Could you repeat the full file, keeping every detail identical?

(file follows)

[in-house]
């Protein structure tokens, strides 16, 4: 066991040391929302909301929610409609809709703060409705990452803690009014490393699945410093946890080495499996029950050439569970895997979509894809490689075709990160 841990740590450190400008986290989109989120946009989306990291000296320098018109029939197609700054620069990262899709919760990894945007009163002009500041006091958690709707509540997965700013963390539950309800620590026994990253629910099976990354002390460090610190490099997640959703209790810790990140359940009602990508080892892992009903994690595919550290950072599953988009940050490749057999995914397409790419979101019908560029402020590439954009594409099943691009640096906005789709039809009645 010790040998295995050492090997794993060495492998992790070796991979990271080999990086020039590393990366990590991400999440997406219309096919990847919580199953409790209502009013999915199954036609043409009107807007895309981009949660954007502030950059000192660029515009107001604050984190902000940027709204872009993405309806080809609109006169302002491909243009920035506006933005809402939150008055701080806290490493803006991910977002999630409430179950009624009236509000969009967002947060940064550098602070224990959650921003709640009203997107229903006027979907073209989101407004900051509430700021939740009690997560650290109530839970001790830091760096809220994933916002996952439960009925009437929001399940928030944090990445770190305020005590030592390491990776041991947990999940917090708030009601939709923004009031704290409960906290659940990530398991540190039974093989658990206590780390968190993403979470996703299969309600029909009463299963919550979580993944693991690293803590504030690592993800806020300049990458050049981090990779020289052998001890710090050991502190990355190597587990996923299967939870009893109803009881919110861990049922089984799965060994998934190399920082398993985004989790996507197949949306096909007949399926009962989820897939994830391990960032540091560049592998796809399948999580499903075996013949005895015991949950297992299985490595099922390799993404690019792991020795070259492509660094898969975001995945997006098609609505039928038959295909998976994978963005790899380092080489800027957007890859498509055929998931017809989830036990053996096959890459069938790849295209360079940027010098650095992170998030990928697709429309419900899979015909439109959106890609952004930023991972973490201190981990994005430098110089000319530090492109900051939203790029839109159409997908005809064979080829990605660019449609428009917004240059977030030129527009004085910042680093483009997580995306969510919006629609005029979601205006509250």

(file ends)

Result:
[in-house]
């Protein structure tokens, strides 16, 4: 066991040391929302909301929610409609809709703060409705990452803690009014490393699945410093946890080495499996029950050439569970895997979509894809490689075709990160 841990740590450190400008986290989109989120946009989306990291000296320098018109029939197609700054620069990262899709919760990894945007009163002009500041006091958690709707509540997965700013963390539950309800620590026994990253629910099976990354002390460090610190490099997640959703209790810790990140359940009602990508080892892992009903994690595919550290950072599953988009940050490749057999995914397409790419979101019908560029402020590439954009594409099943691009640096906005789709039809009645 010790040998295995050492090997794993060495492998992790070796991979990271080999990086020039590393990366990590991400999440997406219309096919990847919580199953409790209502009013999915199954036609043409009107807007895309981009949660954007502030950059000192660029515009107001604050984190902000940027709204872009993405309806080809609109006169302002491909243009920035506006933005809402939150008055701080806290490493803006991910977002999630409430179950009624009236509000969009967002947060940064550098602070224990959650921003709640009203997107229903006027979907073209989101407004900051509430700021939740009690997560650290109530839970001790830091760096809220994933916002996952439960009925009437929001399940928030944090990445770190305020005590030592390491990776041991947990999940917090708030009601939709923004009031704290409960906290659940990530398991540190039974093989658990206590780390968190993403979470996703299969309600029909009463299963919550979580993944693991690293803590504030690592993800806020300049990458050049981090990779020289052998001890710090050991502190990355190597587990996923299967939870009893109803009881919110861990049922089984799965060994998934190399920082398993985004989790996507197949949306096909007949399926009962989820897939994830391990960032540091560049592998796809399948999580499903075996013949005895015991949950297992299985490595099922390799993404690019792991020795070259492509660094898969975001995945997006098609609505039928038959295909998976994978963005790899380092080489800027957007890859498509055929998931017809989830036990053996096959890459069938790849295209360079940027010098650095992170998030990928697709429309419900899979015909439109959106890609952004930023991972973490201190981990994005430098110089000319530090492109900051939203790029839109159409997908005809064979080829990605660019449609428009917004240059977030030129527009004085910042680093483009997580995306969510919006629609005029979601205006509250």